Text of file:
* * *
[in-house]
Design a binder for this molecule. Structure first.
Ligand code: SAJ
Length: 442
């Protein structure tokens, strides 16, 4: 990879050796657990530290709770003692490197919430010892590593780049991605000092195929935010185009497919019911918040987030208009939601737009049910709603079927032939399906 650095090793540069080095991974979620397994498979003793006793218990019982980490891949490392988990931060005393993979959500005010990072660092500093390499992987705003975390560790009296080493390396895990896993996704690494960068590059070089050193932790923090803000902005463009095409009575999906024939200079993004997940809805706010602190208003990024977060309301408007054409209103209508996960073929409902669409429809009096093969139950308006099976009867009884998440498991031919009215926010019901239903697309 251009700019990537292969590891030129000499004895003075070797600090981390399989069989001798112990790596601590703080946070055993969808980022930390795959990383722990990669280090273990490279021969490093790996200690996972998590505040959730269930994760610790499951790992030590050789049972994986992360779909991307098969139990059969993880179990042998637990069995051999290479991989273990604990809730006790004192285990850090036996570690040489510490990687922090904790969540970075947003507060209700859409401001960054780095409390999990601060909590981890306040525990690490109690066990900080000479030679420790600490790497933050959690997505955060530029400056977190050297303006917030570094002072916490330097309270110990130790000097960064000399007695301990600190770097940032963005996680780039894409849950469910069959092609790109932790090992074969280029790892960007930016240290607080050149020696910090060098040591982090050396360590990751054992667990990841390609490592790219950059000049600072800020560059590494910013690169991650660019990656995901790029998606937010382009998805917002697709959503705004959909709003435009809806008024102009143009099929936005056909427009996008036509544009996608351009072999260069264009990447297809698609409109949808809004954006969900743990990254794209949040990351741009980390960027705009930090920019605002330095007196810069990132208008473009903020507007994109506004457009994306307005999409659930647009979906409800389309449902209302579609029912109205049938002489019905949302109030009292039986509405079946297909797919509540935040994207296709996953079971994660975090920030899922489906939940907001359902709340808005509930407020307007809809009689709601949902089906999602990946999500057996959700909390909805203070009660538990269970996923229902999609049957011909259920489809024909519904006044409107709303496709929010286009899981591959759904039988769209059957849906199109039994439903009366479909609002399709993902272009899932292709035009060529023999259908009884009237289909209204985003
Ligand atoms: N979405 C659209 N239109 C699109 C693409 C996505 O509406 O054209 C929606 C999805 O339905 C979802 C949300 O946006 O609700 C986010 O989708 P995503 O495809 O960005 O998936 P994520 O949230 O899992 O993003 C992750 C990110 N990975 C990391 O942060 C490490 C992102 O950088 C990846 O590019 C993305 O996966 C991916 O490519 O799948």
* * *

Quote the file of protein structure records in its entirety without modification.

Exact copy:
[in-house]
Design a binder for this molecule. Structure first.
Ligand code: SAJ
Length: 442
């Protein structure tokens, strides 16, 4: 990879050796657990530290709770003692490197919430010892590593780049991605000092195929935010185009497919019911918040987030208009939601737009049910709603079927032939399906 650095090793540069080095991974979620397994498979003793006793218990019982980490891949490392988990931060005393993979959500005010990072660092500093390499992987705003975390560790009296080493390396895990896993996704690494960068590059070089050193932790923090803000902005463009095409009575999906024939200079993004997940809805706010602190208003990024977060309301408007054409209103209508996960073929409902669409429809009096093969139950308006099976009867009884998440498991031919009215926010019901239903697309 251009700019990537292969590891030129000499004895003075070797600090981390399989069989001798112990790596601590703080946070055993969808980022930390795959990383722990990669280090273990490279021969490093790996200690996972998590505040959730269930994760610790499951790992030590050789049972994986992360779909991307098969139990059969993880179990042998637990069995051999290479991989273990604990809730006790004192285990850090036996570690040489510490990687922090904790969540970075947003507060209700859409401001960054780095409390999990601060909590981890306040525990690490109690066990900080000479030679420790600490790497933050959690997505955060530029400056977190050297303006917030570094002072916490330097309270110990130790000097960064000399007695301990600190770097940032963005996680780039894409849950469910069959092609790109932790090992074969280029790892960007930016240290607080050149020696910090060098040591982090050396360590990751054992667990990841390609490592790219950059000049600072800020560059590494910013690169991650660019990656995901790029998606937010382009998805917002697709959503705004959909709003435009809806008024102009143009099929936005056909427009996008036509544009996608351009072999260069264009990447297809698609409109949808809004954006969900743990990254794209949040990351741009980390960027705009930090920019605002330095007196810069990132208008473009903020507007994109506004457009994306307005999409659930647009979906409800389309449902209302579609029912109205049938002489019905949302109030009292039986509405079946297909797919509540935040994207296709996953079971994660975090920030899922489906939940907001359902709340808005509930407020307007809809009689709601949902089906999602990946999500057996959700909390909805203070009660538990269970996923229902999609049957011909259920489809024909519904006044409107709303496709929010286009899981591959759904039988769209059957849906199109039994439903009366479909609002399709993902272009899932292709035009060529023999259908009884009237289909209204985003
Ligand atoms: N979405 C659209 N239109 C699109 C693409 C996505 O509406 O054209 C929606 C999805 O339905 C979802 C949300 O946006 O609700 C986010 O989708 P995503 O495809 O960005 O998936 P994520 O949230 O899992 O993003 C992750 C990110 N990975 C990391 O942060 C490490 C992102 O950088 C990846 O590019 C993305 O996966 C991916 O490519 O799948």